• After determining whether to continue to display the summary data or to display at least a portion of the actual data in the display the display management component 140 follows along the corresponding path for the either rendering the summary data or the actual data. Steps 280, 282 and 284 are the steps executed when the display management component 140 determines to display at least a portion of the actual data. These steps are substantially similar to the steps discussed above with regards to steps 225, 226 and 230 above. The primary difference between the two paths is the direction of the zoom. Steps 286 and 288 are the steps executed when the display management component 140 determines to continue to display summary data to the user. These steps are substantially similar to steps 240 and 245 discussed above. Again the primary difference is the direction of the zoom whereby more summary data may be shown to the user as they zoom in.
  • The process discussed above with respect to FIG. 2 is repeated each time the user indicates a desire to change the current viewing zoom level of the display. Again while the above discussion focused on displaying information to the user from a table the discussion above is equally applicable to other types of data displays, such as documents, presentations, photos, contacts, etc. Further, additional information can be used to assist in determining whether to display the data or summary to the user, such as screen size, display resolution, device type, accessibility options etc. This information can cause the display management component 140 to show a summary display on one device and at least a portion of the data on a different device for the same zoom level.
  • FIG. 7 illustrates a component diagram of a computing device according to one embodiment. The computing device 700 can be utilized to implement one or more computing devices, computer processes, or software modules described herein. In one example, the computing device 700 can be utilized to process calculations, execute instructions, receive and transmit digital signals. In another example, the computing device 700 can be utilized to process calculations, execute instructions, receive and transmit digital signals, receive and transmit search queries, and hypertext, compile computer code, as required by the system of the present embodiments. Further, computing device 700 can be a distributed computing device where components of computing device 700 are located on different computing devices that are connected to each other through network or other forms of connections. Additionally, computing device 700 can be a cloud based computing device.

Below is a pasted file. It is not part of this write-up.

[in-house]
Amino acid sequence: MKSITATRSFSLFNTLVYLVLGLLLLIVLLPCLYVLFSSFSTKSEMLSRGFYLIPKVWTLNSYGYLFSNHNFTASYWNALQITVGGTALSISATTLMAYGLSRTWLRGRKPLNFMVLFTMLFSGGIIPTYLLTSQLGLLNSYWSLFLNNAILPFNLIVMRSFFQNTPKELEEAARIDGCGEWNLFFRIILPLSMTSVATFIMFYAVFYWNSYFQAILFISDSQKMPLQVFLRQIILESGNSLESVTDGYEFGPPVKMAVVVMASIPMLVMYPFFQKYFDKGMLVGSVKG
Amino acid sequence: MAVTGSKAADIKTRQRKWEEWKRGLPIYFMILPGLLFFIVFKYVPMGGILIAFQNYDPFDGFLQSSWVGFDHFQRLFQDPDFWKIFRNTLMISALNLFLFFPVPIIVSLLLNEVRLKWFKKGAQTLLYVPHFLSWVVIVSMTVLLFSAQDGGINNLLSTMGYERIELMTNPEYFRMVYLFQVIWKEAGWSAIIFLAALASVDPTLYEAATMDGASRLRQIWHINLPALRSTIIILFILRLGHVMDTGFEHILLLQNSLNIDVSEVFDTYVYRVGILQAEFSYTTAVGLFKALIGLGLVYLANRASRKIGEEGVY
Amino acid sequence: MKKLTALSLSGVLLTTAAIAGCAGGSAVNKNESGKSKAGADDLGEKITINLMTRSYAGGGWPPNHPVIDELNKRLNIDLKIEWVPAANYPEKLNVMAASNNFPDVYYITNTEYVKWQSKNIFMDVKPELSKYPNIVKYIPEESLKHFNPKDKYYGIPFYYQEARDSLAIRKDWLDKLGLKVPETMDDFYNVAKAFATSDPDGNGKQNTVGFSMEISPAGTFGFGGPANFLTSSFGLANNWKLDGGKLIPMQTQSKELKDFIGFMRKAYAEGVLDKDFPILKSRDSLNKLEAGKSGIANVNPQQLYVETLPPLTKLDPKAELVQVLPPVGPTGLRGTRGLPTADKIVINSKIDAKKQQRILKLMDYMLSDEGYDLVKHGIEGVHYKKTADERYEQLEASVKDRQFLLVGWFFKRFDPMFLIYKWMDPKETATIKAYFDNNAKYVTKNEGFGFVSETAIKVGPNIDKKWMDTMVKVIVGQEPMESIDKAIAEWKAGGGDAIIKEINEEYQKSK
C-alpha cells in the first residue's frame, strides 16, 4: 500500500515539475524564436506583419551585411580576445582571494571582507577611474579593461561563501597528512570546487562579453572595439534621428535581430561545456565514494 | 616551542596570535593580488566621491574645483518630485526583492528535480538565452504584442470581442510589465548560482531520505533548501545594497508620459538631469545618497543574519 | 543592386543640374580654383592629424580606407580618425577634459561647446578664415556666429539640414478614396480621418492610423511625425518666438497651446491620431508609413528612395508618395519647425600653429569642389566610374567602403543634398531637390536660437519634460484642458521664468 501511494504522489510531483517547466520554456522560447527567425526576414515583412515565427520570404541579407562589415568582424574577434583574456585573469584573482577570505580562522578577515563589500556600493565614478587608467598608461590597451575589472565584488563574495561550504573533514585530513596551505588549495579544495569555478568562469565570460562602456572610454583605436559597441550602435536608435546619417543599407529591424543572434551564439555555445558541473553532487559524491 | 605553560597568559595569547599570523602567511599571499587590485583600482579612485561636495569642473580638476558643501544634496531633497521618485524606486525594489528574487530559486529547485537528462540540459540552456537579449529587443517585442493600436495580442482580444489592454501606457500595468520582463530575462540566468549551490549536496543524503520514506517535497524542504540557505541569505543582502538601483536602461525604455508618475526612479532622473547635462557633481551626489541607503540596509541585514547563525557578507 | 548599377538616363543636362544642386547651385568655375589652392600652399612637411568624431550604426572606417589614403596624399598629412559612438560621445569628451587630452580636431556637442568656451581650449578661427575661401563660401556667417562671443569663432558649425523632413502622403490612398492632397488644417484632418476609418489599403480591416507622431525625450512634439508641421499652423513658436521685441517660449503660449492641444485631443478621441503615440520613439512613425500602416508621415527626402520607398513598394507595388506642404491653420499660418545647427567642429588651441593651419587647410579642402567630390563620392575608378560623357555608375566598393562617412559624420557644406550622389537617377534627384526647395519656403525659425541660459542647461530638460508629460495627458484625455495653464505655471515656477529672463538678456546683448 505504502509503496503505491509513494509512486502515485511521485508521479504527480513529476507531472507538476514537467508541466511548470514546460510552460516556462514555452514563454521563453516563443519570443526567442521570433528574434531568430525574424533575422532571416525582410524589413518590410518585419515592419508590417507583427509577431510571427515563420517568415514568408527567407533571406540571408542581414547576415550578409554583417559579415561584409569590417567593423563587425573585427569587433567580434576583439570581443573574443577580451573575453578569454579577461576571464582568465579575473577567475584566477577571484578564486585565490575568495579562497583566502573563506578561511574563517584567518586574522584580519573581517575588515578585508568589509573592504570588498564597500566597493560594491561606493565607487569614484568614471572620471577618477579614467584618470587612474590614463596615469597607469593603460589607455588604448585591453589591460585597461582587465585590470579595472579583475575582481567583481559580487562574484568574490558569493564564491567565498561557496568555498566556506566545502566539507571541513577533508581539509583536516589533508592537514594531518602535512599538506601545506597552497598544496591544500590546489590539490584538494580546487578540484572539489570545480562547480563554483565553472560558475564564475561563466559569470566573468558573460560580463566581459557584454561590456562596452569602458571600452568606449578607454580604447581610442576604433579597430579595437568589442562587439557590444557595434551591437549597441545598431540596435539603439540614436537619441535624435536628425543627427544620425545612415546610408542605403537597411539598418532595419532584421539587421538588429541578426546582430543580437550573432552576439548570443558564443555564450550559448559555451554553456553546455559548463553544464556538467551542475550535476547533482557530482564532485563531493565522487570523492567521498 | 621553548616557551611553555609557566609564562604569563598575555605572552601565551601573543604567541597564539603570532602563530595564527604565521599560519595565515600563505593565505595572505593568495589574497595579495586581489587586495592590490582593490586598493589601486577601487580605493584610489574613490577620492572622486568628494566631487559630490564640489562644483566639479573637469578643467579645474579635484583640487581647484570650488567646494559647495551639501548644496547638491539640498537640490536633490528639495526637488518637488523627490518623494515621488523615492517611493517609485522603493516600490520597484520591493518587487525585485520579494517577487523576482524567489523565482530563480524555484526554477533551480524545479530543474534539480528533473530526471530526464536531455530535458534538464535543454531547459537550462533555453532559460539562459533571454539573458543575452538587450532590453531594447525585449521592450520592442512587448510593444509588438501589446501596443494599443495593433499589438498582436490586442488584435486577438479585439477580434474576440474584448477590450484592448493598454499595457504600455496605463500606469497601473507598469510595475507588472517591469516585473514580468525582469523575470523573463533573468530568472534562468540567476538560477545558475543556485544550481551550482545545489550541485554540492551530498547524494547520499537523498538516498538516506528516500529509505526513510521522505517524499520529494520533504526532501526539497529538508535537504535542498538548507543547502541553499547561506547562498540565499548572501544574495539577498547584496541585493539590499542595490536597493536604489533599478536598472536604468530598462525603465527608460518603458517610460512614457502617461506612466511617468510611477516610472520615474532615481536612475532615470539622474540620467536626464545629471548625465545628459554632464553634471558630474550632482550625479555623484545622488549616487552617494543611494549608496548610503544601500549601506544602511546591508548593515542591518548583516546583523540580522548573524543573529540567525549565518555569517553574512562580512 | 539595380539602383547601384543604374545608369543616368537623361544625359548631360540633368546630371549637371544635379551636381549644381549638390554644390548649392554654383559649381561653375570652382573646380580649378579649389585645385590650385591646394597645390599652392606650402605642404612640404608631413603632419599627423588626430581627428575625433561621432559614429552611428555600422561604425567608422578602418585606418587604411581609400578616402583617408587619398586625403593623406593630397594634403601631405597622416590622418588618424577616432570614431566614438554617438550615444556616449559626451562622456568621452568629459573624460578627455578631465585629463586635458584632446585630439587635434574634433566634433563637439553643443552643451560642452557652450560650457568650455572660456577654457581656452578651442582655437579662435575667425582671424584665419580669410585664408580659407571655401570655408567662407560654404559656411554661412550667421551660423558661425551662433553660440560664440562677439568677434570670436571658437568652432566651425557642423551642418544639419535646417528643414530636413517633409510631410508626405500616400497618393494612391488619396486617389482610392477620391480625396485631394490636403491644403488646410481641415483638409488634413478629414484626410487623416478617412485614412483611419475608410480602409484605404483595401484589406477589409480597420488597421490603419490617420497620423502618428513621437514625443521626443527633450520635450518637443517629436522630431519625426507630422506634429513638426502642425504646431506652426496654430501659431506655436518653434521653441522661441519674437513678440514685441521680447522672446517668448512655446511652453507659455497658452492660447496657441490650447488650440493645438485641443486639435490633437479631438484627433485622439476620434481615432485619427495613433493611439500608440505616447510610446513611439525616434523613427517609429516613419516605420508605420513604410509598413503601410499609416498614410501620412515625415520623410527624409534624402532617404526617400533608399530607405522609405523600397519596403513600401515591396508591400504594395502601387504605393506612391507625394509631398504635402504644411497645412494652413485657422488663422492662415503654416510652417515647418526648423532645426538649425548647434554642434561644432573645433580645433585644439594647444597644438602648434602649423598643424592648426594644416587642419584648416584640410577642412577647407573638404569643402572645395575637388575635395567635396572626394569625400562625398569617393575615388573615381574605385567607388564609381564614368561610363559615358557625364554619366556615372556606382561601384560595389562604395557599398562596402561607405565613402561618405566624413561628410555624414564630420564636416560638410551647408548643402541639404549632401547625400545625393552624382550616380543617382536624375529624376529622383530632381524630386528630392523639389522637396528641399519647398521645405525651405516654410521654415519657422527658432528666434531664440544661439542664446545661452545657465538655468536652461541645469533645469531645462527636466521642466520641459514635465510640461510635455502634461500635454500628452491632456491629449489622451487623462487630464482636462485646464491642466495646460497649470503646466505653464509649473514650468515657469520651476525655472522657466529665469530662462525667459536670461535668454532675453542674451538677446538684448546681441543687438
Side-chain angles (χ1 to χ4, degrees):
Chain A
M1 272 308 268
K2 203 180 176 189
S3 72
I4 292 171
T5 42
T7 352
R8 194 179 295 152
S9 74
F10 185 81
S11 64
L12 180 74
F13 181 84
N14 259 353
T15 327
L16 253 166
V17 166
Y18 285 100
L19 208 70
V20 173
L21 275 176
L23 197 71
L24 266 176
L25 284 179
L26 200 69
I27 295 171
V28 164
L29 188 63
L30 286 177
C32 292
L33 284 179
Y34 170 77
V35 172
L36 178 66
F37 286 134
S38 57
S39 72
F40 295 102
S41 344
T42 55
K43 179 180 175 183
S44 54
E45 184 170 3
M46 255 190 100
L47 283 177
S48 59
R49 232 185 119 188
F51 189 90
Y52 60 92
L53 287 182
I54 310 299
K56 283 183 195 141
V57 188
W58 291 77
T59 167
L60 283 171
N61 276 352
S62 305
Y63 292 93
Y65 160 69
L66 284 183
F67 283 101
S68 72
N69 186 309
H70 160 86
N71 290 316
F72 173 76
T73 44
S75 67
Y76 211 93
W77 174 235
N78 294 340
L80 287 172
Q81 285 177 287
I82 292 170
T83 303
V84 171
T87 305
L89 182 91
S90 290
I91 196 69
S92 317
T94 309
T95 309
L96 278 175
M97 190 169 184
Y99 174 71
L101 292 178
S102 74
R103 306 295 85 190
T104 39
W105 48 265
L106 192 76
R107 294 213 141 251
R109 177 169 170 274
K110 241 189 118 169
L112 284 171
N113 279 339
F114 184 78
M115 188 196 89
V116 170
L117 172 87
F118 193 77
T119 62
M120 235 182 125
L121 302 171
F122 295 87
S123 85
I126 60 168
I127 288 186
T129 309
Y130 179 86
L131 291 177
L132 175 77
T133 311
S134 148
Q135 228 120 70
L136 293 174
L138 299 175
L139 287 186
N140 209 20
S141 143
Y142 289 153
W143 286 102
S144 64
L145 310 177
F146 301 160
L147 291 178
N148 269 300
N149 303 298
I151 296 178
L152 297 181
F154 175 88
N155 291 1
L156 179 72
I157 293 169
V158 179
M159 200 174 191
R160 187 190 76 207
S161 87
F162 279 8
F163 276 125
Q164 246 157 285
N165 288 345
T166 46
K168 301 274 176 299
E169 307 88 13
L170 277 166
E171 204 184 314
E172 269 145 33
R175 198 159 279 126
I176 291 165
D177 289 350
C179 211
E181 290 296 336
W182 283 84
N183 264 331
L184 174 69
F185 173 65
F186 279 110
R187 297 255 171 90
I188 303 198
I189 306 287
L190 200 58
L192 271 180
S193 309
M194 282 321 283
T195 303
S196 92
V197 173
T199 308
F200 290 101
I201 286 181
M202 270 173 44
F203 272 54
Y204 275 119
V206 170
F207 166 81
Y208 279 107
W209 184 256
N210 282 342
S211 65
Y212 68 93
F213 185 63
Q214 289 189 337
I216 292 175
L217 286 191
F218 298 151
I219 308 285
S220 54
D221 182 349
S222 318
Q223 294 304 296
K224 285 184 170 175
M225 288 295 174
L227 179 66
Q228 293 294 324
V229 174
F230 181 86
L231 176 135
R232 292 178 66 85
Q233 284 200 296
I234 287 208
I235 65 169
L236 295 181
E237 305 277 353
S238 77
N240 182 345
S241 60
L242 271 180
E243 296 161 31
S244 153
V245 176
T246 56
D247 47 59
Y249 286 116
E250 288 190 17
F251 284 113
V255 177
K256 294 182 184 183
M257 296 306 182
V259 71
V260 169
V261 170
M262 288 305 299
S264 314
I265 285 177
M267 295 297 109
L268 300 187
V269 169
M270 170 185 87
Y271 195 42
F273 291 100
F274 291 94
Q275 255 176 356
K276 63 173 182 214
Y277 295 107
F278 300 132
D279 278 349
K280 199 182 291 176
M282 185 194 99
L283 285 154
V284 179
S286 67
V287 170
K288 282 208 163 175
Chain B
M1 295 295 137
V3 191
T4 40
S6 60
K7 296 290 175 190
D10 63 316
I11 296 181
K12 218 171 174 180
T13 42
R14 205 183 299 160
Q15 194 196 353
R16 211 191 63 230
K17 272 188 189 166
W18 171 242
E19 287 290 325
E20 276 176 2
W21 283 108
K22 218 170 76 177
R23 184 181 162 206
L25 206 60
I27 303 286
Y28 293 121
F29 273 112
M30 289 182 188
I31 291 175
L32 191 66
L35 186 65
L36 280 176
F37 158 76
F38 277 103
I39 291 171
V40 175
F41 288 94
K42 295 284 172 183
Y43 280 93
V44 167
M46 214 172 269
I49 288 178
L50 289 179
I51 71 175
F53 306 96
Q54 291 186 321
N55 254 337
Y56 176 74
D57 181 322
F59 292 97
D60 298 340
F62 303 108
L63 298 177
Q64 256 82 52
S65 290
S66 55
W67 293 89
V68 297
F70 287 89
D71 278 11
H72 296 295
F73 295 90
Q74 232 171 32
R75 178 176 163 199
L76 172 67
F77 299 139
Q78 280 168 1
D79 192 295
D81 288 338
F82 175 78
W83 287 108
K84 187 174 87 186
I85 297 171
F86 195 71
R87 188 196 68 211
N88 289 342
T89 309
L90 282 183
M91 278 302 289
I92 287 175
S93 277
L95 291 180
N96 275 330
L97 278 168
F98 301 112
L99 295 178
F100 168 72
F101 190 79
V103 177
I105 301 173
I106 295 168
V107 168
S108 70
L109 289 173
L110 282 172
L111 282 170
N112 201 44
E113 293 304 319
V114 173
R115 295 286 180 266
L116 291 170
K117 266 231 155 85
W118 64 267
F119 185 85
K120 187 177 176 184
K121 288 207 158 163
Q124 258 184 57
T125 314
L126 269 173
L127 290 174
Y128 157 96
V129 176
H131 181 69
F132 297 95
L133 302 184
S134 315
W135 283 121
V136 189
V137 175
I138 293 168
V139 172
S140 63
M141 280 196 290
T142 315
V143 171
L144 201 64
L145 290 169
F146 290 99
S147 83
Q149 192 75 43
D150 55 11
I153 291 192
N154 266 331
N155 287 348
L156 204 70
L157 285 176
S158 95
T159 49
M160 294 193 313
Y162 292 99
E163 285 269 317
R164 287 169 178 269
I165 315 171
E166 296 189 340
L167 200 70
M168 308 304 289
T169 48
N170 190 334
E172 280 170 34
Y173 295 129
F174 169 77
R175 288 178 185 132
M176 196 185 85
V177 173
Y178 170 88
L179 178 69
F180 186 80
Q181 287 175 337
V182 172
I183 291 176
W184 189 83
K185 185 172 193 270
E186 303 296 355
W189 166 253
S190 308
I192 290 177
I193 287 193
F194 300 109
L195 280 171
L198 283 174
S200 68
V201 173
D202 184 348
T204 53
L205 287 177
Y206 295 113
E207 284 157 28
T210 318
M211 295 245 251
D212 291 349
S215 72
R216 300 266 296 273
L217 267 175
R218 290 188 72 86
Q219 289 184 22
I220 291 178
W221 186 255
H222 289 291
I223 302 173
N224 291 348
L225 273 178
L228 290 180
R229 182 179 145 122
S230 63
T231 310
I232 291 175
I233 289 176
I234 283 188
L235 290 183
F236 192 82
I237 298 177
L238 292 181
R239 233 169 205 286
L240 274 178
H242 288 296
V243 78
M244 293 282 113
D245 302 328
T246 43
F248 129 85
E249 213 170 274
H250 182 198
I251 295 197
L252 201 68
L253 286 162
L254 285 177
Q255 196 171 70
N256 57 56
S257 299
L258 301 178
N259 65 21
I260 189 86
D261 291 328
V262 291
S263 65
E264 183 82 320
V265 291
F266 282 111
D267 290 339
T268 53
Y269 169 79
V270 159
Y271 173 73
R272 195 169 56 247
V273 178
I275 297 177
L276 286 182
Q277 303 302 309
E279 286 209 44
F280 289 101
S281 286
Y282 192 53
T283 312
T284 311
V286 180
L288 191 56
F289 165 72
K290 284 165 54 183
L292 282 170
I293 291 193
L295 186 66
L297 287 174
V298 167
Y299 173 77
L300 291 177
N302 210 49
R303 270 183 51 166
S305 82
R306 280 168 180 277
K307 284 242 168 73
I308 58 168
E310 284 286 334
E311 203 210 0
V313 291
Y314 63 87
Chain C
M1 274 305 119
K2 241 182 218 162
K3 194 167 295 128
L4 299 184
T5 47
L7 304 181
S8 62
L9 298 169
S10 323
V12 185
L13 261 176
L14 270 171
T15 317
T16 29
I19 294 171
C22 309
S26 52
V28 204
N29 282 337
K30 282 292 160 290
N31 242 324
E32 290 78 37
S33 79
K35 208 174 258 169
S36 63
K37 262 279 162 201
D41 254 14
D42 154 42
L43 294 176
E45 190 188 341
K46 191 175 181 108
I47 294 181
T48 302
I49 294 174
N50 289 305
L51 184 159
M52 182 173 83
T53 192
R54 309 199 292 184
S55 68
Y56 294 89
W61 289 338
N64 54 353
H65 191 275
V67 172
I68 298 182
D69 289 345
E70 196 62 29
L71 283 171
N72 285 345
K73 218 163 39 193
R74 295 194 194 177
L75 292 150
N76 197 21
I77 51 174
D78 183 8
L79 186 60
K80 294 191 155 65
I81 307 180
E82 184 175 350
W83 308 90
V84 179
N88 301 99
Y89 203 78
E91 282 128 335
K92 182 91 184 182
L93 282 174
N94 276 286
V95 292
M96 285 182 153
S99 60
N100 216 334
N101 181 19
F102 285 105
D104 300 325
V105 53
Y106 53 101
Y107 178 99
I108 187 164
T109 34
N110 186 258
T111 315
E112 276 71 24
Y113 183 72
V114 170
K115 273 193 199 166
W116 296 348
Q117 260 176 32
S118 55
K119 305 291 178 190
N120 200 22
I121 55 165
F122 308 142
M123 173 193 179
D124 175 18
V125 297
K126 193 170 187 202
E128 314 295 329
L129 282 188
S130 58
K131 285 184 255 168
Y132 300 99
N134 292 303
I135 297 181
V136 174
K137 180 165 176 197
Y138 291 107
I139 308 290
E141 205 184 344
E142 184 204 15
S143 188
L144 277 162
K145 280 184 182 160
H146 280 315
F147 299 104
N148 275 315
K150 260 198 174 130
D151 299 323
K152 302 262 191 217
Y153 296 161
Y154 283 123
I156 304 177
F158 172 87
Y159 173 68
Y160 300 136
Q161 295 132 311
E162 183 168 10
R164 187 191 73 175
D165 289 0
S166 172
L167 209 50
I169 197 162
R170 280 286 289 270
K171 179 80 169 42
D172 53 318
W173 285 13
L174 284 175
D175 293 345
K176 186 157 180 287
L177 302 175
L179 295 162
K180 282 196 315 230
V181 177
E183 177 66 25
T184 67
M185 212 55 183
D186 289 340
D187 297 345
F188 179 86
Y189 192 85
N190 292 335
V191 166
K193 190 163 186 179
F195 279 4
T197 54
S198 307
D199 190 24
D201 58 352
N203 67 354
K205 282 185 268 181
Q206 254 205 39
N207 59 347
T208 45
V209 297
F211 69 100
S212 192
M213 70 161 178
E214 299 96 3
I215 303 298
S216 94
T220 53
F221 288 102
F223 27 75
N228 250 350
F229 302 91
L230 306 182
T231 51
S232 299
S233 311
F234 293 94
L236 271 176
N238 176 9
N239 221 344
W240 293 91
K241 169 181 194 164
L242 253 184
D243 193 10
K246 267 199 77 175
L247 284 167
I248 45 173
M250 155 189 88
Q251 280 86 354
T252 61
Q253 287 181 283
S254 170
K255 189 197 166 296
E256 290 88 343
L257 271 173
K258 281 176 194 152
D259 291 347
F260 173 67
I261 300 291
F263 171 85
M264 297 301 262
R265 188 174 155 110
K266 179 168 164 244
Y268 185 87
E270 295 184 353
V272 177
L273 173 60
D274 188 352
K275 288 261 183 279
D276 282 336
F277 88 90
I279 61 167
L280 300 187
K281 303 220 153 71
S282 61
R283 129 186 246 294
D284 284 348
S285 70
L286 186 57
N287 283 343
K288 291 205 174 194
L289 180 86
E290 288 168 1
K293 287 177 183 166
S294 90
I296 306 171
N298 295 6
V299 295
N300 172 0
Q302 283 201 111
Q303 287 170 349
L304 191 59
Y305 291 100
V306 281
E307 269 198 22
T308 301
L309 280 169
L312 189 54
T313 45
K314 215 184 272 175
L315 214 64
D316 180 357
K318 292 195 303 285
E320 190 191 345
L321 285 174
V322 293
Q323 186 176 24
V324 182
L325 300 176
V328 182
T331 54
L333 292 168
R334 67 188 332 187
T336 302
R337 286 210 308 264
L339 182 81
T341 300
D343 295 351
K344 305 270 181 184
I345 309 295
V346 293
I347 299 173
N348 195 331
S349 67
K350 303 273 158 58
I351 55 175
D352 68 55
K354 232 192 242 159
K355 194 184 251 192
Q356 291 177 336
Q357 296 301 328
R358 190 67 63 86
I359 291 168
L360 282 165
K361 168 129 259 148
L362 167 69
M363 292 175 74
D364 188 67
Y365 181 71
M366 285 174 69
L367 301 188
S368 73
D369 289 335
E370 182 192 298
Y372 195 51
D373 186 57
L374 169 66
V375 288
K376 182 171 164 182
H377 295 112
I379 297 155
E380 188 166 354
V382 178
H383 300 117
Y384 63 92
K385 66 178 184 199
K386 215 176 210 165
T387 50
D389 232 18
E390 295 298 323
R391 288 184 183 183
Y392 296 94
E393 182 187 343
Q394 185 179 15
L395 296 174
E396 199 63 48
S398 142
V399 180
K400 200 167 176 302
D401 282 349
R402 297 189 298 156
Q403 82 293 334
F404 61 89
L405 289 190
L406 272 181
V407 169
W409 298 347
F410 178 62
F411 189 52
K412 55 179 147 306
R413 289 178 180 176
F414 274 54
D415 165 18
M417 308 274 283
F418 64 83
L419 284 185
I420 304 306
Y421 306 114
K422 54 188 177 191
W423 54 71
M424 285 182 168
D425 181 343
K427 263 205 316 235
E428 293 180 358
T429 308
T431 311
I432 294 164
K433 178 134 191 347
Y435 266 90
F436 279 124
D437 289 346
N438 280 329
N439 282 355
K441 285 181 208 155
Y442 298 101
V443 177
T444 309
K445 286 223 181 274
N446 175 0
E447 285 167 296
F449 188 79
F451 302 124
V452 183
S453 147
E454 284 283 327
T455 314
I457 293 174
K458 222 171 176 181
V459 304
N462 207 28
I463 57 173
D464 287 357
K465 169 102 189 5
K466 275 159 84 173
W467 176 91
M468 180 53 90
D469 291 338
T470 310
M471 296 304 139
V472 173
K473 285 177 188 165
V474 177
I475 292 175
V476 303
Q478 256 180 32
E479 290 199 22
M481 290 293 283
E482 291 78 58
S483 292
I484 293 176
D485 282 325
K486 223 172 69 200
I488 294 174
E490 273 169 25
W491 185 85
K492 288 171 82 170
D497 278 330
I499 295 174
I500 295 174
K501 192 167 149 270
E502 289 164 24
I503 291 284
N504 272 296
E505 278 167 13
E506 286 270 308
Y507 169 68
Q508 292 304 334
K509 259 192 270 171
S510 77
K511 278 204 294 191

• The computing device 700 can be any general or special purpose computer now known or to become known capable of performing the steps and/or performing the functions described herein, either in software, hardware, firmware, or a combination thereof.
  • In its most basic configuration, computing device 700 typically includes at least one central processing unit (CPU) 702 and memory 704. Depending on the exact configuration and type of computing device, memory 704 may be volatile (such as RAM), non-volatile (such as ROM, flash memory, etc.) or some combination of the two. Additionally, computing device 700 may also have additional features/functionality. For example, computing device 700 may include multiple CPU's. The described methods may be executed in any manner by any processing unit in computing device 700. For example, the described process may be executed by both multiple CPU's in parallel.
  • Computing device 700 may also include additional storage (removable and/or non-removable) including, but not limited to, magnetic or optical disks or tape. Such additional storage is illustrated in FIG. 7 by storage 706. Computer storage media includes volatile and nonvolatile, removable and non-removable media implemented in any method or technology for storage of information such as computer readable instructions, data structures, program modules or other data. Memory 704 and storage 706 are all examples of computer storage media. Computer storage media includes, but is not limited to, RAM, ROM, EEPROM, flash memory or other memory technology, CD-ROM, digital versatile disks (DVD) or other optical storage, magnetic cassettes, magnetic tape, magnetic disk storage or other magnetic storage devices, or any other medium which can be used to store the desired information and which can accessed by computing device 700. Any such computer storage media may be part of computing device 700.